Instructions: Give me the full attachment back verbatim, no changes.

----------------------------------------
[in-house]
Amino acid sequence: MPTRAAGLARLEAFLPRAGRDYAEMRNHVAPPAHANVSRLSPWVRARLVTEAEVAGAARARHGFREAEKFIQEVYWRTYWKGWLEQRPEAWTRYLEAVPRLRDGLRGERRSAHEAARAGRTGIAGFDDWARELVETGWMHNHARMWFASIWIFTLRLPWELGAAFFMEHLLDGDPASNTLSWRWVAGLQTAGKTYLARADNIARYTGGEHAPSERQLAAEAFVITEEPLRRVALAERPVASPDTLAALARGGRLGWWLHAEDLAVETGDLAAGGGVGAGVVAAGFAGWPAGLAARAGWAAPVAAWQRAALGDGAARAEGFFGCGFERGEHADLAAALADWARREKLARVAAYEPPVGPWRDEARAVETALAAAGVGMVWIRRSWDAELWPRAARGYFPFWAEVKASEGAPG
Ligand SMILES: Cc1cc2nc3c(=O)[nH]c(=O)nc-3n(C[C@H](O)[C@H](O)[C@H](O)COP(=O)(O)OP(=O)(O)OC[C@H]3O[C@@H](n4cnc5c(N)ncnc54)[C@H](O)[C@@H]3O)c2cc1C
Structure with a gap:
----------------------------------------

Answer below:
[in-house]
Amino acid sequence: MPTRAAGLARLEAFLPRAGRDYAEMRNHVAPPAHANVSRLSPWVRARLVTEAEVAGAARARHGFREAEKFIQEVYWRTYWKGWLEQRPEAWTRYLEAVPRLRDGLRGERRSAHEAARAGRTGIAGFDDWARELVETGWMHNHARMWFASIWIFTLRLPWELGAAFFMEHLLDGDPASNTLSWRWVAGLQTAGKTYLARADNIARYTGGEHAPSERQLAAEAFVITEEPLRRVALAERPVASPDTLAALARGGRLGWWLHAEDLAVETGDLAAGGGVGAGVVAAGFAGWPAGLAARAGWAAPVAAWQRAALGDGAARAEGFFGCGFERGEHADLAAALADWARREKLARVAAYEPPVGPWRDEARAVETALAAAGVGMVWIRRSWDAELWPRAARGYFPFWAEVKASEGAPG
Ligand SMILES: Cc1cc2nc3c(=O)[nH]c(=O)nc-3n(C[C@H](O)[C@H](O)[C@H](O)COP(=O)(O)OP(=O)(O)OC[C@H]3O[C@@H](n4cnc5c(N)ncnc54)[C@H](O)[C@@H]3O)c2cc1C
Structure with a gap: